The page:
Ratmansky’s Cinderella: a spellbinding tale told in a framework of the cosmos, circles and squares

This review was commissioned by Dance Europe, and was published at the end of October in the November issue of the magazine.

Within the narrative framework of Prokofiev’s score Alexei Ratmansky has created a spellbinding Cinderella for the Australian Ballet.

His heroine lives in a fairy-free world, but her adventures are accompanied by magical creatures of other kinds, among them dancing planets including the earth, stars, the moon and the sun, all summoned by a Godmother in drab disguise who guides Cinderella on her way to the ball.

The godmother – a beak-nosed wise woman or Hecate, the Greek goddess who rules over the earth sea and sky – sparks a journey into a surreal universe where the moon metamorphoses into a clock, where topiary trees turn into metronomes, and where a footstool takes its name literally. Would-be princesses eagerly pluck Cinders’ lost shoe from the stool, fashioned in the shape of four stumpy human legs and feet.

Such fantastical moments are evident throughout the entire ballet.

Ratmansky and his A-team of collaborators have appropriated surrealistic images familiar from the paintings of Rene Magritte, Salvador Dali and de Giorgio de Chirico, and the fashions of the couturier, Elsa Schiaparelli, to establish both mystery and the period in which the story is placed, the early 1940s, when Prokofiev was writing his score and when the influence of the surrealism art movement was still apparent.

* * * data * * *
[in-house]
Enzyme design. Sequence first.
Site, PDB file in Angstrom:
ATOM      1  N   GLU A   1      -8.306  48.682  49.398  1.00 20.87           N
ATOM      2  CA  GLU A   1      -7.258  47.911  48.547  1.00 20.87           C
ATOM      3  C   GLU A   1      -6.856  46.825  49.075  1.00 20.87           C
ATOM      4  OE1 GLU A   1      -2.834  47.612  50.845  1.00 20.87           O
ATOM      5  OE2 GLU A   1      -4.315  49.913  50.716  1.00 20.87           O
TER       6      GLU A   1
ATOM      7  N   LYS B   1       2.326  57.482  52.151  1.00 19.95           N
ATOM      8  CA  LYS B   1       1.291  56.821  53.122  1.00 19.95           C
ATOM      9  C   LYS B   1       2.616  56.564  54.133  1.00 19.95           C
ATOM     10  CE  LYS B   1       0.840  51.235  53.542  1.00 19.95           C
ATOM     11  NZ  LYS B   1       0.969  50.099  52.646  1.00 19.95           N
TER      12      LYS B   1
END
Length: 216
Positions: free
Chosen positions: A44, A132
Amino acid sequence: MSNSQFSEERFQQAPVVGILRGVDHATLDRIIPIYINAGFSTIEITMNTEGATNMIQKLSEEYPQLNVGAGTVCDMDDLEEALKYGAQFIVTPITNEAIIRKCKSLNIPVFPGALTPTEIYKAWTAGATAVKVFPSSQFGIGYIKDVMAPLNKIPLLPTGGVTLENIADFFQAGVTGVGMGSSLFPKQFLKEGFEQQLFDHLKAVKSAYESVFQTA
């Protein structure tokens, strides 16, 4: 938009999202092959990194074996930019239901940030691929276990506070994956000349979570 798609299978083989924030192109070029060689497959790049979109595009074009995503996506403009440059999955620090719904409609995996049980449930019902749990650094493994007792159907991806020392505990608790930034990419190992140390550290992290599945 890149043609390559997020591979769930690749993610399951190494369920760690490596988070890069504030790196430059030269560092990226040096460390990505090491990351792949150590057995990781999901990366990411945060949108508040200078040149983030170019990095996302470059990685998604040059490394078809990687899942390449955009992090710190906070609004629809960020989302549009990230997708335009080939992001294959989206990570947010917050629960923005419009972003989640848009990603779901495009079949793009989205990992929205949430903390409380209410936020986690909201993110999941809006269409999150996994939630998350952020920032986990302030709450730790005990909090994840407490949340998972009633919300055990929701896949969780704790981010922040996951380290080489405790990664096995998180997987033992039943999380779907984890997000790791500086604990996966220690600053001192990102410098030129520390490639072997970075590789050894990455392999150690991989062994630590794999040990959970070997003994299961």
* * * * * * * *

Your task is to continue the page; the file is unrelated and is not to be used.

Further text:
It may sound like an exercise in intellectualism but in performance, it’s definitely not.

Full of ballet jokes (as was Ratmansky’s The Bright Stream), the new Cinders breezes along, is lusciously colourful, and tells the tale wittily and clearly in the classical vocabulary. No fiddly mime, the body says it all.

But while Ratmansky’s choreography is balletic from the waist down, it leans towards contemporary dance in the freedom of the upper body, particulary the arms and in its general weighedness.

For his new Cinders, Ratmansky has borrowed from his first Cinderella, choreographed in 2002 for the Mariinsky Ballet.

Both ballets have a frumpy Godmother figure, (known as the Fairy Tramp in the 2002 version), both feature social dancing in the ball scene, most noticably the use of a conga line, and both give poor Cinderella the extra burden of an alcoholic father.

What they don’t share in any way is the setting – bleak and modernist (created by Ilia Utkin and Yevgeny Monakhov), in 2002, but now a vibrant and playful collaboration by the Frenchman, Jerome Kaplan, (set and costume designer), the American, Wendall K. Harrington, (projection designer), and the Australian, Rachel Burke, (lighting designer) who together cook up a visual feast.

It’s a ballet of squares and circles. Square mirrors, door frames and picture frames contrast with circular clock faces, the moon, and puffball skirts and sugarloaf wigs for both the Stepsisters, called Skinny and Dumpy, and rather too much tulle and puffiness for the cosmic creatures except for the Moon who is lucky enough to wear a simply, slinkier costume.

The first scene establishes an extra layer of unreality to an already unreal story. A silk curtain opens to reveal Cinderella’s home, set behind a mid-stage square proscenium. A signboard, propped up on its side, spells out the word theatre in Russian

When the Stepmother, played with gusto by Amy Harris, tears the portrait from the frame, the Godmother (Lynette Wills) appears in a long grey coat and bowler hat, then conjures up 12 projected images of the mother. The multiple images twinkling in an arc combine to create the first wow! moment in the entire production.

The surrealist imagery that dominates many scenes includes a plump, pink, Mae West lips sofa, as designed by Dali, a Magritte-style bowler hat, Schiaparelli shoe hats and a door frame slumped tipsily to one side, resembling a forgotten stage prop.